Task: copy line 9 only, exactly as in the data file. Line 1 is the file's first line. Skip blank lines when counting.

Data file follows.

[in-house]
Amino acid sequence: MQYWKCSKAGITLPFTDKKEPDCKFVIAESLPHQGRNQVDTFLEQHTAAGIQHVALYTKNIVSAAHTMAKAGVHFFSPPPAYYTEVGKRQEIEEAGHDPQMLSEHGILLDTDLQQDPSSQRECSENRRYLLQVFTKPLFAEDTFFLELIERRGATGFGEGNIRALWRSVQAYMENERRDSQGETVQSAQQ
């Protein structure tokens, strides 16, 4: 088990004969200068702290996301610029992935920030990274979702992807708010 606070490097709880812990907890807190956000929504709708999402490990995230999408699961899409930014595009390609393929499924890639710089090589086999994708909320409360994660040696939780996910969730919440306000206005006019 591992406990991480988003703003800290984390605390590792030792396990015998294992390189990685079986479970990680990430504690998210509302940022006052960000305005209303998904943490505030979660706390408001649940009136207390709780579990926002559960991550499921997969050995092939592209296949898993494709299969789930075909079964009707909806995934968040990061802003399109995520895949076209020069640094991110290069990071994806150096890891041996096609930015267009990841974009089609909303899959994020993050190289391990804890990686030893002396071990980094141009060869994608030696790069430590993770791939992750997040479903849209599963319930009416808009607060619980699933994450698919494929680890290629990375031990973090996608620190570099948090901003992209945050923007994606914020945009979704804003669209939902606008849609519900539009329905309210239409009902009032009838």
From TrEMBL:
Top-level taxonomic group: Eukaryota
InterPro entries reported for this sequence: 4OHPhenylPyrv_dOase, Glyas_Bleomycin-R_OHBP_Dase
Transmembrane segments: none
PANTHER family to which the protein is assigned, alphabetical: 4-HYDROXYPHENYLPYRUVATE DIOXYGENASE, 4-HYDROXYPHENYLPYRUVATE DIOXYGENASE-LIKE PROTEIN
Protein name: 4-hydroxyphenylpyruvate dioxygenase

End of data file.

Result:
Protein name: 4-hydroxyphenylpyruvate dioxygenase